UDL studio talks us through its bold and brash identity for menswear brand Mega Suen
Founded by Fang Jianping and Ding Fan, the Beijing and London-based studio has devised the branding for an alternative vision of male fashion.
- Ayla Angelos
- 11 June 2021
“The whole process is our inspiration,” explains Fang Jianping, on the ethos behind his studio UDL, co-founded alongside Ding Fan. Having first met at university a few years back, the pair spent the proceeding two years working at different design studios. Still keeping in touch and making sure to design “something interesting together” in their own time, it wasn’t long until they ventured out on their own. As such, they decided to launch UDL in 2012 – a studio based between London and Beijing – growing rapidly from a two-person team to 20, plus three partners.
These days, UDL can be found working on briefs for both commercial and cultural sectors, adding to its repertoire of branding, art, storytelling, photography, design and publishing. When taking on a new project specifically, the team will make headway first with the cultural background, diving deep into the research and learning all that they can about the client at hand, “finding issues and seeking the solution, and delivering them into the design,” Fang tells It’s Nice That. This can be seen throughout the studio’s entire portfolio, where identities, branding and package design works are sprinkled with storytelling and conscious design decisions. Not to mention through its latest offering for Mega Suen, a menswear brand established in Beijing in 2006 by designer Sun Shuo.
“The brand has been focusing on the subject of masculinity since birth,” adds Fang. Looking at the relationships between people, the brand offers an alternative towards the stereotypical and traditional vision of male fashion, “rather than trying to build a different male image of old fashioned hegemonic masculinity or simply blending femininity into men’s wardrobe to get the neutral outcome.” It’s a modern and relevant approach to dressing and gender, and one that gets Fang thinking about the role of masculinity and what it means in society. “Men themselves present quite a different air of sensitivity and vulnerability by making friendships or intimacy with different people in different scenes. All the changes happen naturally in daily life.” Mega Suen, in this case, aims to tell these stories about gender and pivots its designs and releases around the quote, “Friendship as a way of life”, penned by Michel Foucault in 1981 from Le Gai Pied.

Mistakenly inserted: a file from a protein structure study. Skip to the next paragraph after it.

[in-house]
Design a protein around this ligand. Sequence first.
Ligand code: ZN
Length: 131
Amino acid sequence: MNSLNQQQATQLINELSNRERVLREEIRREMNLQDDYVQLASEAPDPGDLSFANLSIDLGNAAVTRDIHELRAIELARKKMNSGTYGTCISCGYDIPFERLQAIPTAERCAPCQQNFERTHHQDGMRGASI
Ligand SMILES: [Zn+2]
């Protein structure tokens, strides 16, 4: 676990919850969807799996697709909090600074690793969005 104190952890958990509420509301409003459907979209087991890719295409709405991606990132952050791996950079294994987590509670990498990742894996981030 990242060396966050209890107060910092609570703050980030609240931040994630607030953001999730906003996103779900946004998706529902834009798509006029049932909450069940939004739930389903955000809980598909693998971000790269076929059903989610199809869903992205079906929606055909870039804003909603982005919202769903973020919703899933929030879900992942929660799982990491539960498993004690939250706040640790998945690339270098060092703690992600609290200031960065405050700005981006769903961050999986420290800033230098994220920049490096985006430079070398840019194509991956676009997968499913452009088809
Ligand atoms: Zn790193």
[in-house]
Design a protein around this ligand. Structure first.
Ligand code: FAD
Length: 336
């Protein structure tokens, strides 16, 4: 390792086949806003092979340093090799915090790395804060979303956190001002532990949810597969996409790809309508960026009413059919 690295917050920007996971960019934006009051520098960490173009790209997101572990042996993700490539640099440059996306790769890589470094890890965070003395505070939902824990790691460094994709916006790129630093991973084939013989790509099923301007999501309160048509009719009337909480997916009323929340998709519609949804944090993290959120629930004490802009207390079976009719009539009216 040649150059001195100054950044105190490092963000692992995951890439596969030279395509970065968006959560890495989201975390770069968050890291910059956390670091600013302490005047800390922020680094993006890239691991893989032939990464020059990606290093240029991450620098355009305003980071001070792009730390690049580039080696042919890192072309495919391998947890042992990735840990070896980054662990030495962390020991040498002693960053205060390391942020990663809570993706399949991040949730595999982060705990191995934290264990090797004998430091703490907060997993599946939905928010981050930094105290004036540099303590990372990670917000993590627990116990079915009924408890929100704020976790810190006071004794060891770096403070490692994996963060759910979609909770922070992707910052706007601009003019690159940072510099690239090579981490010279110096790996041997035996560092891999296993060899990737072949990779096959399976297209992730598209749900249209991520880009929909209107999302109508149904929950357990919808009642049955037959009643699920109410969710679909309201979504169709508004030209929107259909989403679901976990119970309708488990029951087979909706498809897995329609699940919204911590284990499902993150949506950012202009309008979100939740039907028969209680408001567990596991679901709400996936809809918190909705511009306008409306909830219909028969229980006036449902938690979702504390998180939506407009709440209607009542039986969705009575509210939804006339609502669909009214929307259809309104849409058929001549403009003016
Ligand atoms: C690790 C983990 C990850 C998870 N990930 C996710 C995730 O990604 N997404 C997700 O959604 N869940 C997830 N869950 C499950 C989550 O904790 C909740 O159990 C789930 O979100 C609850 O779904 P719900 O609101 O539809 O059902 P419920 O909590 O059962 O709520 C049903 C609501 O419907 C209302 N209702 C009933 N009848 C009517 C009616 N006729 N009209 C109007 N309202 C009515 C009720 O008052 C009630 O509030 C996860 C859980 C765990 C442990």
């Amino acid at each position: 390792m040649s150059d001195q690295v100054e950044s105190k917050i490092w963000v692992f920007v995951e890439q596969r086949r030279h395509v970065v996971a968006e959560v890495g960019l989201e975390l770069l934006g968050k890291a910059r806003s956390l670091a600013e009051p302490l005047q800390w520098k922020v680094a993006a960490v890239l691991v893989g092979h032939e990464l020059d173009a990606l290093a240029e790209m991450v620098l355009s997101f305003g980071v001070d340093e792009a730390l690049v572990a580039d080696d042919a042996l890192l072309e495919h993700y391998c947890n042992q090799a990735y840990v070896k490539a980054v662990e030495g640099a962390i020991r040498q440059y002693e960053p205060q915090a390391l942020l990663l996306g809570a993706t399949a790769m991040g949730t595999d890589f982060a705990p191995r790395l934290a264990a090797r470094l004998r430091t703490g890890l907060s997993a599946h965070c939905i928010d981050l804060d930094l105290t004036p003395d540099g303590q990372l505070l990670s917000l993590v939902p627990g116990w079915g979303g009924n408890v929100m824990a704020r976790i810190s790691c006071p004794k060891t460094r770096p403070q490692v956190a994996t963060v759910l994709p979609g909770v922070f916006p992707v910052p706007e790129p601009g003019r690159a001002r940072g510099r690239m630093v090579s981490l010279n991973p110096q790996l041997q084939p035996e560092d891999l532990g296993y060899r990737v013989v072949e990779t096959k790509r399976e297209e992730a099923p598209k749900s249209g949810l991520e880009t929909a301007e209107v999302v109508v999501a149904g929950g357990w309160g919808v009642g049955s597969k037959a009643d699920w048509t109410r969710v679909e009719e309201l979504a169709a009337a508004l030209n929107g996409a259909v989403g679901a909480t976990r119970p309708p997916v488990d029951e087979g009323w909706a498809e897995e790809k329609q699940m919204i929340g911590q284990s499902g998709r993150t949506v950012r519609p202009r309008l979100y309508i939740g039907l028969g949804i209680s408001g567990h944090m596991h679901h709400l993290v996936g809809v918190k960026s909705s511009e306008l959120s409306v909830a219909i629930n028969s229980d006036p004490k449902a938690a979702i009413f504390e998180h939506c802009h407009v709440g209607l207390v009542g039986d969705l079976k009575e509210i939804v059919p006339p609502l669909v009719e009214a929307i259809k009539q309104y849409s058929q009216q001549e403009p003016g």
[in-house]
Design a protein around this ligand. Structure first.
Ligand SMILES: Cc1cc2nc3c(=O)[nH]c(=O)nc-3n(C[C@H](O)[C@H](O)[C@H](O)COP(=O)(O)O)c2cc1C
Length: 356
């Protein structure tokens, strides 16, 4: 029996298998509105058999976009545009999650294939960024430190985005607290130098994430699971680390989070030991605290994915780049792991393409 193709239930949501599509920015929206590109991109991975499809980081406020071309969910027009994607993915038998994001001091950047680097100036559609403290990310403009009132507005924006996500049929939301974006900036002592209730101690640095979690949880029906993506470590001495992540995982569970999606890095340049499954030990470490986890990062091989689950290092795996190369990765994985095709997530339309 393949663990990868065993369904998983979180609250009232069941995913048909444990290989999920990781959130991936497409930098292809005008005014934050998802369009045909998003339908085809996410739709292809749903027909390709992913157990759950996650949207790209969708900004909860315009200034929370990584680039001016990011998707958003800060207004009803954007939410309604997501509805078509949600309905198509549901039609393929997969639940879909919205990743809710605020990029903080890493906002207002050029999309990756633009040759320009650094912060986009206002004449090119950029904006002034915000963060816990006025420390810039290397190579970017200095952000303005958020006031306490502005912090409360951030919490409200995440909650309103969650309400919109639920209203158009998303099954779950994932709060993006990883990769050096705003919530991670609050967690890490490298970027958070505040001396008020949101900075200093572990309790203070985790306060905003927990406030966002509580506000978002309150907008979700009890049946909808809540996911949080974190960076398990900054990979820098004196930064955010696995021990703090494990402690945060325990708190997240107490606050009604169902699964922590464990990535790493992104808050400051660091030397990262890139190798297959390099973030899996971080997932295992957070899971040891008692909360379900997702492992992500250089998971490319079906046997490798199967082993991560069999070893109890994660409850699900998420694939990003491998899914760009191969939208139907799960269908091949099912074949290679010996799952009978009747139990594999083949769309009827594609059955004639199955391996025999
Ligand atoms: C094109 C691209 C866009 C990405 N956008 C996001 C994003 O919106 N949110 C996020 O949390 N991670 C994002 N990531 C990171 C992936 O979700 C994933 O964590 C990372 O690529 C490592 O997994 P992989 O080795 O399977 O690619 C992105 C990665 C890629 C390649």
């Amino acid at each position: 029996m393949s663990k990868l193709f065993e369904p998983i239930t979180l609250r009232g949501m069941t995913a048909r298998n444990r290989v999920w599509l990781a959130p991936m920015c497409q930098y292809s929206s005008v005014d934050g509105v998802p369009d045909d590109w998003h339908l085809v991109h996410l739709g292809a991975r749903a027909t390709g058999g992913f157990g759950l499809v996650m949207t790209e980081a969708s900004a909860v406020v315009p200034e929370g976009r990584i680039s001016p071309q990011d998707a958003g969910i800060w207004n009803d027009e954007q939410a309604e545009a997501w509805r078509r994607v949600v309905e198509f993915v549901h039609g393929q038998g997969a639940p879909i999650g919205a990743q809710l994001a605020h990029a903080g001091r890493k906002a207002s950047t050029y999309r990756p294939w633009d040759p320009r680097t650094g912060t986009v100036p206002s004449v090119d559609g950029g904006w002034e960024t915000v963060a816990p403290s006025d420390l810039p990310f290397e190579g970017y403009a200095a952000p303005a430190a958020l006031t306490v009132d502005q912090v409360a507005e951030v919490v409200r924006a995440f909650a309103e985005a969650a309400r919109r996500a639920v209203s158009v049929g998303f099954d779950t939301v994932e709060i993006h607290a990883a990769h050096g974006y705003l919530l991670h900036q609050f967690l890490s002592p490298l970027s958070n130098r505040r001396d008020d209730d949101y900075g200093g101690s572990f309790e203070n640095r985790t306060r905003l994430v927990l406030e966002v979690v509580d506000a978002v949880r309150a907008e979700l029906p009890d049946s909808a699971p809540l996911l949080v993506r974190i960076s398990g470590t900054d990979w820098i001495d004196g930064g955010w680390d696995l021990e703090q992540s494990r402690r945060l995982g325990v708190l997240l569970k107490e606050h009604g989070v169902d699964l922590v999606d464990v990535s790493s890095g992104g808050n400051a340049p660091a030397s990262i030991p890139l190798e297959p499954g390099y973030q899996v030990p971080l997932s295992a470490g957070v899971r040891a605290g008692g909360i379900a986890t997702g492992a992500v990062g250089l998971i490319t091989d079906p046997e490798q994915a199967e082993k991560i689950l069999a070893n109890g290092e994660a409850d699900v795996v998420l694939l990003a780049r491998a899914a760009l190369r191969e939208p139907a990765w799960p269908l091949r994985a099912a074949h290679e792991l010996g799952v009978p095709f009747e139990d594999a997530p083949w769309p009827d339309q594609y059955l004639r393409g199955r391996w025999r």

As a result, UDL’s identity for Mega Suen navigates around the pillars of “natural”, “friendship” and “relationship” – the three words that define what the fashion brand is all about. Taking inspiration from these types of words and relationships may at first sound allusive and obsolete, yet once you ponder upon the finalised product it all starts to make more sense; it’s an informal, friendly and highly informative rework of the brand, where return forms, care labels and the company's logo type is presented in an approachable and eye-catching manner. “We always spend a lot of time explaining something to others, like when describing a situation or making a point of view,” says Fang. “However, we find that the design concept for Mega Suen comes from the brand itself; the information is the expression.”